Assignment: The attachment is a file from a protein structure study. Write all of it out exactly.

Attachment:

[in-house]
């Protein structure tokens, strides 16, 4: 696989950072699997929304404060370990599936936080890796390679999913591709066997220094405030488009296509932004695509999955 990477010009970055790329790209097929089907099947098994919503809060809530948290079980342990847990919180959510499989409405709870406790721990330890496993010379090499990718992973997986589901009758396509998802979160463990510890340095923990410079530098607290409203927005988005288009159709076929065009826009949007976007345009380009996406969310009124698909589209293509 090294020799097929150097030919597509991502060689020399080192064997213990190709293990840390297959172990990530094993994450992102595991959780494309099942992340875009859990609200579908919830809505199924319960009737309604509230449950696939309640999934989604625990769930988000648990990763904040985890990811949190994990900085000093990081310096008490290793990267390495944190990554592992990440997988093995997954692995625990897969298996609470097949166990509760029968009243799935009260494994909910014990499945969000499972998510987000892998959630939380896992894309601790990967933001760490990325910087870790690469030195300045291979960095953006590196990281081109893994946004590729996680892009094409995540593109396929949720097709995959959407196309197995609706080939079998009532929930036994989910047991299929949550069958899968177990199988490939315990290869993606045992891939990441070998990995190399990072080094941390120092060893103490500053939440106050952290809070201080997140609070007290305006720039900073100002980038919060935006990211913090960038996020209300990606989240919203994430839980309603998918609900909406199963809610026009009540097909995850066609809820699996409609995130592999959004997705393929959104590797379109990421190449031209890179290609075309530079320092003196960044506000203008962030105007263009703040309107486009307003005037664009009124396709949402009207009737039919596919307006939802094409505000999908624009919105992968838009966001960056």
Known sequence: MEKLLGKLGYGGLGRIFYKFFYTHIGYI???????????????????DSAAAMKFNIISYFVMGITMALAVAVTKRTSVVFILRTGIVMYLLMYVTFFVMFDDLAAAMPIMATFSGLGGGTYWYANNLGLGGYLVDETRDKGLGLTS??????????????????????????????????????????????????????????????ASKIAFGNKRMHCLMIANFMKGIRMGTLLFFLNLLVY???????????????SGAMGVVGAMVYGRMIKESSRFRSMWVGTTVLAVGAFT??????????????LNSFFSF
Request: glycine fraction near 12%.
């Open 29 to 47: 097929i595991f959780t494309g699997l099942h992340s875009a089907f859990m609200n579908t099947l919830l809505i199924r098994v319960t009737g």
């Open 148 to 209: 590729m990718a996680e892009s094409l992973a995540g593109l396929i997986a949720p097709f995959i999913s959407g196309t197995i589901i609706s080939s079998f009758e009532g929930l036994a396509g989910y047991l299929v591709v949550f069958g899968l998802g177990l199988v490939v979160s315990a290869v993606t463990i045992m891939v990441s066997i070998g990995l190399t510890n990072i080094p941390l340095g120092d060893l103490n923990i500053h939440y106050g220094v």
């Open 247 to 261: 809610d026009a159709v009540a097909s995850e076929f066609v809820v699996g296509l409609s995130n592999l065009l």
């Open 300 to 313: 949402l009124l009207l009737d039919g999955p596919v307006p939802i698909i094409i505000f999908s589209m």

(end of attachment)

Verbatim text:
[in-house]
């Protein structure tokens, strides 16, 4: 696989950072699997929304404060370990599936936080890796390679999913591709066997220094405030488009296509932004695509999955 990477010009970055790329790209097929089907099947098994919503809060809530948290079980342990847990919180959510499989409405709870406790721990330890496993010379090499990718992973997986589901009758396509998802979160463990510890340095923990410079530098607290409203927005988005288009159709076929065009826009949007976007345009380009996406969310009124698909589209293509 090294020799097929150097030919597509991502060689020399080192064997213990190709293990840390297959172990990530094993994450992102595991959780494309099942992340875009859990609200579908919830809505199924319960009737309604509230449950696939309640999934989604625990769930988000648990990763904040985890990811949190994990900085000093990081310096008490290793990267390495944190990554592992990440997988093995997954692995625990897969298996609470097949166990509760029968009243799935009260494994909910014990499945969000499972998510987000892998959630939380896992894309601790990967933001760490990325910087870790690469030195300045291979960095953006590196990281081109893994946004590729996680892009094409995540593109396929949720097709995959959407196309197995609706080939079998009532929930036994989910047991299929949550069958899968177990199988490939315990290869993606045992891939990441070998990995190399990072080094941390120092060893103490500053939440106050952290809070201080997140609070007290305006720039900073100002980038919060935006990211913090960038996020209300990606989240919203994430839980309603998918609900909406199963809610026009009540097909995850066609809820699996409609995130592999959004997705393929959104590797379109990421190449031209890179290609075309530079320092003196960044506000203008962030105007263009703040309107486009307003005037664009009124396709949402009207009737039919596919307006939802094409505000999908624009919105992968838009966001960056």
Known sequence: MEKLLGKLGYGGLGRIFYKFFYTHIGYI???????????????????DSAAAMKFNIISYFVMGITMALAVAVTKRTSVVFILRTGIVMYLLMYVTFFVMFDDLAAAMPIMATFSGLGGGTYWYANNLGLGGYLVDETRDKGLGLTS??????????????????????????????????????????????????????????????ASKIAFGNKRMHCLMIANFMKGIRMGTLLFFLNLLVY???????????????SGAMGVVGAMVYGRMIKESSRFRSMWVGTTVLAVGAFT??????????????LNSFFSF
Request: glycine fraction near 12%.
């Open 29 to 47: 097929i595991f959780t494309g699997l099942h992340s875009a089907f859990m609200n579908t099947l919830l809505i199924r098994v319960t009737g």
């Open 148 to 209: 590729m990718a996680e892009s094409l992973a995540g593109l396929i997986a949720p097709f995959i999913s959407g196309t197995i589901i609706s080939s079998f009758e009532g929930l036994a396509g989910y047991l299929v591709v949550f069958g899968l998802g177990l199988v490939v979160s315990a290869v993606t463990i045992m891939v990441s066997i070998g990995l190399t510890n990072i080094p941390l340095g120092d060893l103490n923990i500053h939440y106050g220094v």
């Open 247 to 261: 809610d026009a159709v009540a097909s995850e076929f066609v809820v699996g296509l409609s995130n592999l065009l």
């Open 300 to 313: 949402l009124l009207l009737d039919g999955p596919v307006p939802i698909i094409i505000f999908s589209m």